OCBC Bank is well placed to take on Chinese technology giants that are looking to join Singapore's digital banking market, its top executive said.
The entry of such firms would constitute "extended competition but not necessary new competition", chief executive Samuel Tsien said, when asked about the threat posed by companies such as Mr Jack Ma's Ant Financial Services Group.
The Monetary Authority of Singapore (MAS) unveiled plans this year to grant as many as five virtual bank licences to boost competition and innovation in the nation's financial industry.
China's Ant Financial and Ping An Insurance are among companies considering applications, and Mr Tsien said OCBC may join the race, both as a bank and through its insurance unit.
New entrants will face high regulatory costs in areas such as "know your customer" and transaction monitoring, he said in an interview.
They also will not be allowed to buy customers by offering unrealistic interest rates for depositors and borrowers, he added.
Singapore regulators "want to bring in the technology, bring in new thinking, bring in new ways of doing business and channels", the CEO said. They "do not want the financial system to be impacted as a result of these aggressive players coming in, forgetting about the commercial reason of existence".
MAS has pledged to evaluate the business plans of digital banking applicants to deter "value-destructive behaviour" and ensure a "level playing field among banks", according to the regulator.
EXPANDING CUSTOMER BASE
The major driving factor is not the banking business. It is the franchise of the customers of that consortium and we want to tap that.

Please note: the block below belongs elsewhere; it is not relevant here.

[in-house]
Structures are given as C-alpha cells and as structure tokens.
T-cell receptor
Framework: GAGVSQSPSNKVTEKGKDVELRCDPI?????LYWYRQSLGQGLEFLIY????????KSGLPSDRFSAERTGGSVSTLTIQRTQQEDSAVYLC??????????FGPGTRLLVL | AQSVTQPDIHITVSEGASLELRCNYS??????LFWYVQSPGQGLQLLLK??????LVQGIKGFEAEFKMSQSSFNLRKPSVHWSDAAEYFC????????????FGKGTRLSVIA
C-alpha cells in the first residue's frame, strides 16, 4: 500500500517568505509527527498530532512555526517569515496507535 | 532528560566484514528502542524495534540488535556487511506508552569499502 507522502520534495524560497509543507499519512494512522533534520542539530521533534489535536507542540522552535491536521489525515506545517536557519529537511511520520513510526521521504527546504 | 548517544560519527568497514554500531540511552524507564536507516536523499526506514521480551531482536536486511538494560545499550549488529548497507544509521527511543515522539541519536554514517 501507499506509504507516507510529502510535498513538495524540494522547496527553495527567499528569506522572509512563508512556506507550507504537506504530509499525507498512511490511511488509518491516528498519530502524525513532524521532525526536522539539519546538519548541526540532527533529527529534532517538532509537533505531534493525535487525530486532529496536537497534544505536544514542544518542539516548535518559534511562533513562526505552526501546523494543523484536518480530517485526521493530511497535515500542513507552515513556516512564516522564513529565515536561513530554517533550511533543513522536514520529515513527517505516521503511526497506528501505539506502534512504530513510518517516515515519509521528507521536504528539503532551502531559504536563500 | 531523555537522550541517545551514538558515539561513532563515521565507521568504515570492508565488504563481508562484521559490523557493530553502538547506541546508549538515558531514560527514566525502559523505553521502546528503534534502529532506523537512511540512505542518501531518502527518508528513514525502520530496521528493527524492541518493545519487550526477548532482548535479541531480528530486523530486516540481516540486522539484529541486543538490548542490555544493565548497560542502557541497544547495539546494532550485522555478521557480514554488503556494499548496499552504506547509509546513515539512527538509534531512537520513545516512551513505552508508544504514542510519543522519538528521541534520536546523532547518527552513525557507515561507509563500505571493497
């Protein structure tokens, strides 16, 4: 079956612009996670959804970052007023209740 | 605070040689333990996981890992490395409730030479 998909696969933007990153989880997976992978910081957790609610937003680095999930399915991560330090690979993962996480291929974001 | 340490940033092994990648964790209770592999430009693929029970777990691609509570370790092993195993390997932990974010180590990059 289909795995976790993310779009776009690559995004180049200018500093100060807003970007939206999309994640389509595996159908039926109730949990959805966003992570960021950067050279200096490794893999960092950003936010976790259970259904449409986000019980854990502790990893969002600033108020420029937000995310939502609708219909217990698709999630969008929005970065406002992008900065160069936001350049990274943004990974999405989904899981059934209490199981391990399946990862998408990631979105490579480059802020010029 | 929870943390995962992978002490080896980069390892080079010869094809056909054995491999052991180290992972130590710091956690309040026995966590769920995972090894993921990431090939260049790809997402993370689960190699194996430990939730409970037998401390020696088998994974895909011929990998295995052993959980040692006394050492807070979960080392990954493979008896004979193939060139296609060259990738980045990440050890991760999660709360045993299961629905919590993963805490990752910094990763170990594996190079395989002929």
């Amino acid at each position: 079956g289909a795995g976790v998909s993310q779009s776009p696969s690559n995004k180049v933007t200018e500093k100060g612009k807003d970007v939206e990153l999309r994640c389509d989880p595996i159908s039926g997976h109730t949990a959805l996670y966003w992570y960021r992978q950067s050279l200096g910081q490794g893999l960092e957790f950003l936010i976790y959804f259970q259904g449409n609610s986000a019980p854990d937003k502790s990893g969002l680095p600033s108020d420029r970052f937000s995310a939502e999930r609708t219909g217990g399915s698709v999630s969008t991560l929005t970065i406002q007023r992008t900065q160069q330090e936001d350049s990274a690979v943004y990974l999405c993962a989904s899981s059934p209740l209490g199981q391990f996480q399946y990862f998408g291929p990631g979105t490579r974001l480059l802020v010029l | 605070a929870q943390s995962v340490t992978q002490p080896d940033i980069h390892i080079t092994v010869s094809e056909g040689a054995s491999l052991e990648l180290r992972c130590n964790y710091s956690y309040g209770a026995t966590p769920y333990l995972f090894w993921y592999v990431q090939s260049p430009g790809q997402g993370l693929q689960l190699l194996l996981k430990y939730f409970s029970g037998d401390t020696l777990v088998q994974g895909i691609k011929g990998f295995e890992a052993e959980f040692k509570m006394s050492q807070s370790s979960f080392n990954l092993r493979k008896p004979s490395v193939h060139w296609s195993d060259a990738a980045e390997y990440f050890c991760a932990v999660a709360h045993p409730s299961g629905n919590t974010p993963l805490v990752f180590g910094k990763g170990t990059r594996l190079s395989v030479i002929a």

OCBC CHIEF EXECUTIVE SAMUEL TSIEN, on expanding the bank's client base.
OCBC is plotting its own plans for digital banking in Singapore, which provides a platform to expand in the lucrative South-east Asian market.
While embarking on a digital transformation of its operations, the bank may also join one of the consortia led by non-banks seeking a virtual banking licence.
"We are talking to various parties but we have not made a final decision whether we would go in or not," Mr Tsien said. "It is attractive to us because it is the way that we can test out in the new digital economy as to what we could do."
OCBC has agreed in principle to join a group led by peer-to-peer lender Validus Capital and Temasek's venture capital arm to apply for a wholesale digital banking licence before a year-end deadline, Bloomberg reported last month.
Other companies that have expressed interest include ride-hailing firm Grab, Singtel and game device maker Razer.
Great Eastern Holdings, OCBC's insurance arm, may also join a digital banking consortium should a non-bank offer the chance to expand its customer base, Mr Tsien said.
"In the event that there are some consortia which are able to offer their client base to us for our insurance business, we will pursue that," Mr Tsien said. "But the major driving factor is not the banking business. It is the franchise of the customers of that consortium and we want to tap that."
He also signalled that he favours internal candidates over external ones to succeed him when the time comes. "We have internal candidates who are strong candidates, who have moved around in different functions, who are able to take over the bank in the event of a need," he said, without giving names.
Shanghai-born Mr Tsien, 65, is known for pursuing acquisitions that led to the Singapore lender's expansion in Hong Kong and made it a top 10 private bank in Asia. He is in his eighth year at the helm.
OCBC's local rivals have also given insights into management succession, with United Overseas Bank's boss recently expressing an openness to consider people from outside the founding family and DBS Bank grooming leaders from within the bank.
Mr Tsien said there are no immediate plans for him to step down.
OCBC will not rule out an outsider taking the reins, but it is "not actively looking" externally and the focus now is on its own people, he said. "We are looking at internal candidates, but we do not want to exclude external candidates."
The potential for further acquisitions is among the factors that have weighed on OCBC's shares, which have trailed those of its rivals during his reign.
Mr Tsien also has ambitions to further expand in insurance, which OCBC counts as its third pillar alongside banking and wealth management.